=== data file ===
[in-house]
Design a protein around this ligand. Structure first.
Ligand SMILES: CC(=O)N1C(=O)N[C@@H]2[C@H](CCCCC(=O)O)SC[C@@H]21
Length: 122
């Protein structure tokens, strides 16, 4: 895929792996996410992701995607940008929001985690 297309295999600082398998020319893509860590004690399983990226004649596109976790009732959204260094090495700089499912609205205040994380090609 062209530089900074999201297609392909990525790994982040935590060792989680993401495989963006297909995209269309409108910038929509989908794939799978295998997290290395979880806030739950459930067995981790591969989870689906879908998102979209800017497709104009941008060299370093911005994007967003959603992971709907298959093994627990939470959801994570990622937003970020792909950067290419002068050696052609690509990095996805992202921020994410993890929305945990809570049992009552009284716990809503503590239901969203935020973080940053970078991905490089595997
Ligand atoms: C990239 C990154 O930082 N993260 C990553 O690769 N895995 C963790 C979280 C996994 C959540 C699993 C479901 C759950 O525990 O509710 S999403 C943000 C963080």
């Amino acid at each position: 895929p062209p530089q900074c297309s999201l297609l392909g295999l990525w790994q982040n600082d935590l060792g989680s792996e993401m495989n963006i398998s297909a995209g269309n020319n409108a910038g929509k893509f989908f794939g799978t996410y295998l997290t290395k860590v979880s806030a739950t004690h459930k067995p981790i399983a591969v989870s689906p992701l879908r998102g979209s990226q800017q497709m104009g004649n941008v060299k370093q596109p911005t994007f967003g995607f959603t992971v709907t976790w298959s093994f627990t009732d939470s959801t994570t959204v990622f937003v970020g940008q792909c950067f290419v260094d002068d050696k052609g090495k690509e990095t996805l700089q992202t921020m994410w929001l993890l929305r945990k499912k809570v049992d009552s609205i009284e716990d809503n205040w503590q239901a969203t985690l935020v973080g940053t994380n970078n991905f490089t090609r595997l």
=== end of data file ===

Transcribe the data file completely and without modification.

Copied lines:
[in-house]
Design a protein around this ligand. Structure first.
Ligand SMILES: CC(=O)N1C(=O)N[C@@H]2[C@H](CCCCC(=O)O)SC[C@@H]21
Length: 122
């Protein structure tokens, strides 16, 4: 895929792996996410992701995607940008929001985690 297309295999600082398998020319893509860590004690399983990226004649596109976790009732959204260094090495700089499912609205205040994380090609 062209530089900074999201297609392909990525790994982040935590060792989680993401495989963006297909995209269309409108910038929509989908794939799978295998997290290395979880806030739950459930067995981790591969989870689906879908998102979209800017497709104009941008060299370093911005994007967003959603992971709907298959093994627990939470959801994570990622937003970020792909950067290419002068050696052609690509990095996805992202921020994410993890929305945990809570049992009552009284716990809503503590239901969203935020973080940053970078991905490089595997
Ligand atoms: C990239 C990154 O930082 N993260 C990553 O690769 N895995 C963790 C979280 C996994 C959540 C699993 C479901 C759950 O525990 O509710 S999403 C943000 C963080």
């Amino acid at each position: 895929p062209p530089q900074c297309s999201l297609l392909g295999l990525w790994q982040n600082d935590l060792g989680s792996e993401m495989n963006i398998s297909a995209g269309n020319n409108a910038g929509k893509f989908f794939g799978t996410y295998l997290t290395k860590v979880s806030a739950t004690h459930k067995p981790i399983a591969v989870s689906p992701l879908r998102g979209s990226q800017q497709m104009g004649n941008v060299k370093q596109p911005t994007f967003g995607f959603t992971v709907t976790w298959s093994f627990t009732d939470s959801t994570t959204v990622f937003v970020g940008q792909c950067f290419v260094d002068d050696k052609g090495k690509e990095t996805l700089q992202t921020m994410w929001l993890l929305r945990k499912k809570v049992d009552s609205i009284e716990d809503n205040w503590q239901a969203t985690l935020v973080g940053t994380n970078n991905f490089t090609r595997l």